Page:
WORLDPOST

Queen Noor at Soliya on Obama, Islam and Interpersonal Global Communications

06/20/2010 08:52 am ET | Updated May 25, 2011

No one personifies the concept of thought leader and global citizen more than the Washington, D.C.-born, U.S.-raised, Princeton-educated regal woman who converted to Islam and married into Arab royalty, Her Majesty Queen Noor of Jordan. I have had the privilege of speaking one-on-one at great length with Her Majesty, one of my lifetime heroes.

Queen Noor was present at an event entitled "11-9: From Hate to Hope," in partnership with the United Nations Alliance of Civilizations and Soliya, held at SoHo House in New York City last fall.

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Her Majesty Queen Noor of Jordan addressed Soliya's "11-9: From Hate to Hope" symposium.

She admitted to those assembled earlier in the evening that nothing frustrates her more than American and European reporters asking her how it felt to live on a "repressive society." Her Majesty feels that Islam is a religion of liberation, not repression.

Queen Noor said she had married a man who was a direct descendant of the Prophet Mohammed, the late King Hussein of Jordan, and that she knew the Prophet's message was one of human rights, tolerance, equity, and peace.

She told me:

The principals of Islam are not well known, and are often politicized, dehumanized by the media.

Islam is not authoritarian control but rather consensus. The fundamental value of Islam is consensus.

Islam is about learning, pluralism, the importance of education and knowledge, learning, and studying. The first teachings of Islam are about social justice - and the fundamental responsibility we have to help one another.

The importance of charity is a key tenet of the faith. Help for widows and orphans. A certain proportion of one's income to go to charity to support those less fortunate.

It was revolutionary at the time - equality, women's rights. These values are blurred in some parts of the Muslim world, but the teachings are very clear.

Negative stereotypes exist, she posited, because of depictions in the media - from news to popular entertainment. "Media has been part of the problem, so it follows that media - new, interactive media traditional media - can be part of the solution," the Queen explained.

"These media, used in combination, can have a transformative impact on the world's divides," she said.

Soliya's program, "11-9: From Hate to Hope," was held to introduce the organization's new program, "Terana" (video). This program is an internal website portal that uses the best features of Facebook, Yahoo Instant Messaging, and Skype to allow tomorrow's global leaders to connect today.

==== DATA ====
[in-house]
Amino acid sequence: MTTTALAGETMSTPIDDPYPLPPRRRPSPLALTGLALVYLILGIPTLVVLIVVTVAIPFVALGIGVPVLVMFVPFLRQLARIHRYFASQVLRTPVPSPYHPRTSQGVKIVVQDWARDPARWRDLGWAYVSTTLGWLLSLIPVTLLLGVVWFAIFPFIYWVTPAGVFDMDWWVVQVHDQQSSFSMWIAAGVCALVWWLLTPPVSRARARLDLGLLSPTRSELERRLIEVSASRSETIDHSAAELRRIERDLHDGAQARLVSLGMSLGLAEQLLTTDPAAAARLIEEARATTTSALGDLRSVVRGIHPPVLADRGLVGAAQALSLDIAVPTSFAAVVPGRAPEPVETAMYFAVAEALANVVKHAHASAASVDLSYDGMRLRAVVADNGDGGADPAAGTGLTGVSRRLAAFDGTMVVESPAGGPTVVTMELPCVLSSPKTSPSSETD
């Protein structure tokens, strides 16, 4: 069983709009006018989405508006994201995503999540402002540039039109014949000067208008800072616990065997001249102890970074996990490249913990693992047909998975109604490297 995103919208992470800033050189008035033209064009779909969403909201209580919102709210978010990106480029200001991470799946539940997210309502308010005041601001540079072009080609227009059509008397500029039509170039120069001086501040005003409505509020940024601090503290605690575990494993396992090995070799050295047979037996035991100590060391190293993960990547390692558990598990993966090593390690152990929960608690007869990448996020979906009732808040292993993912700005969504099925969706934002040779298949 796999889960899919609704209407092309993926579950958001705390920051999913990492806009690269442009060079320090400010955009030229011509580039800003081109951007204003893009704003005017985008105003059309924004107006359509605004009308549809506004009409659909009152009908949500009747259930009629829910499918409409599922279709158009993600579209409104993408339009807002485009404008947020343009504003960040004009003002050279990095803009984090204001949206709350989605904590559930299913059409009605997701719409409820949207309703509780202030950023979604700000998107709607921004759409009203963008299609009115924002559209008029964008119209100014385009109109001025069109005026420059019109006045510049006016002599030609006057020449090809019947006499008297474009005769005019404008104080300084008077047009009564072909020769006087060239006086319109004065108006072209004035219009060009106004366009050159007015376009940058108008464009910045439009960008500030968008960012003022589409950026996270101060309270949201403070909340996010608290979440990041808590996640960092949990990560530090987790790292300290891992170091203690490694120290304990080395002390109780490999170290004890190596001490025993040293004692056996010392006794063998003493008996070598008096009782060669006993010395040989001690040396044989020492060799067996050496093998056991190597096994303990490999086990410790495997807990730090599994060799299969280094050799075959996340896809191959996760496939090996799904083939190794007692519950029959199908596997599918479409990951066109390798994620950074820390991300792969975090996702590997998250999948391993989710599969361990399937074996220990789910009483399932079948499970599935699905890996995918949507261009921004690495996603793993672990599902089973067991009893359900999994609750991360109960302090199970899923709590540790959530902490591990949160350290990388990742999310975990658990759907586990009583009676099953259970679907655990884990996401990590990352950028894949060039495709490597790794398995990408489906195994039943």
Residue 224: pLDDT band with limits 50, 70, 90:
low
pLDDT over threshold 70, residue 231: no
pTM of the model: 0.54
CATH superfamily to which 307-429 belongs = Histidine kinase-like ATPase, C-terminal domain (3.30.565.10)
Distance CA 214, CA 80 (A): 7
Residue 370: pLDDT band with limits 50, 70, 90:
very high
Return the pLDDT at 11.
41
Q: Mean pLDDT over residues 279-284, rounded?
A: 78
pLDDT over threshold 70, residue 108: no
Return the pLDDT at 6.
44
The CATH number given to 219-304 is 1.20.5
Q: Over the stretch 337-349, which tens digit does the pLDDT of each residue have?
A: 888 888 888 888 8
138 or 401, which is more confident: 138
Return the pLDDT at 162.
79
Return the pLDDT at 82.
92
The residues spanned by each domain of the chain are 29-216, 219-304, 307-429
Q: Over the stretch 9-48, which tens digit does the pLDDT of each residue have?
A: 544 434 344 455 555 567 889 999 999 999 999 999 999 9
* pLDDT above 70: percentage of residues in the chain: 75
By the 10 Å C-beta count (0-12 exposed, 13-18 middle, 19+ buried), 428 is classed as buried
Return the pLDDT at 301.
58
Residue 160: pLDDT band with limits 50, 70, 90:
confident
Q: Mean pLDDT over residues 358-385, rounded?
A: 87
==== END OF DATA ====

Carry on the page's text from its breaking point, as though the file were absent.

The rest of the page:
Her majesty continued:

Young people can work together to turn around the world's destructive, counter-productive inhumane cycle of ignorance and fear which prevents us from realizing our common humanity.

They can, God Willing, feel motivated to help shape this vision. We are taking an enormous leap of faith, to turn the tide, to gain a momentum to move in a direction together.

Using interpersonal global communications, we can learn from one another and work together to solve the issues as a global family.

It is more important than ever that we have these communities that can help complete the picture that the media does not present.

Queen Noor's work in Jordan and the Arab world has focused on national development needs in the areas of education, conservation, sustainable development, human rights, and cross-cultural understanding.

She is also actively involved with international and U.N. organizations that address global challenges in these fields.

Queen Noor is the current president of the United World Colleges movement and an advocate of the anti-nuclear weapons proliferation campaign, Global Zero.

Since 1979, the initiatives of the Noor Al Hussein Foundation which she chairs have transformed development thinking in Jordan and the Middle East.

This has been done through pioneering programs in the areas of poverty eradication and sustainable development, women's empowerment, microfinance, health, environmental conservation, and arts as a medium for both social development and cross-cultural exchange.

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I was enormously honored to be able to interview Her Majesty Queen Noor of Jordan.

Queen Noor also chairs the King Hussein Foundation and the King Hussein Foundation International.

Both were founded to build on King Hussein's humanitarian vision and legacy through programs that promote education and leadership, economic empowerment, tolerance, and cross cultural dialogue and media that enhance mutual understanding and respect among different cultures and across conflict lines.

Queen Noor has undertaken several humanitarian missions to Latin America, particularly to Colombia to try to negotiate a series of humanitarian accords with the leaders of the country's guerilla insurgency on landmines, child soldiers and kidnappings.

Alongside former President Bill Clinton, Queen Noor is on the board of the Daniel Pearl Foundation, and is a patron of the SOS Children's Villages in Jordan.

Her Majesty has published two books, Hussein of Jordan (KHF Publishing, 2000) and Leap of Faith: Memoirs of an Unexpected Life (Miramax Books, 2003), a New York Times best seller published in 15 languages.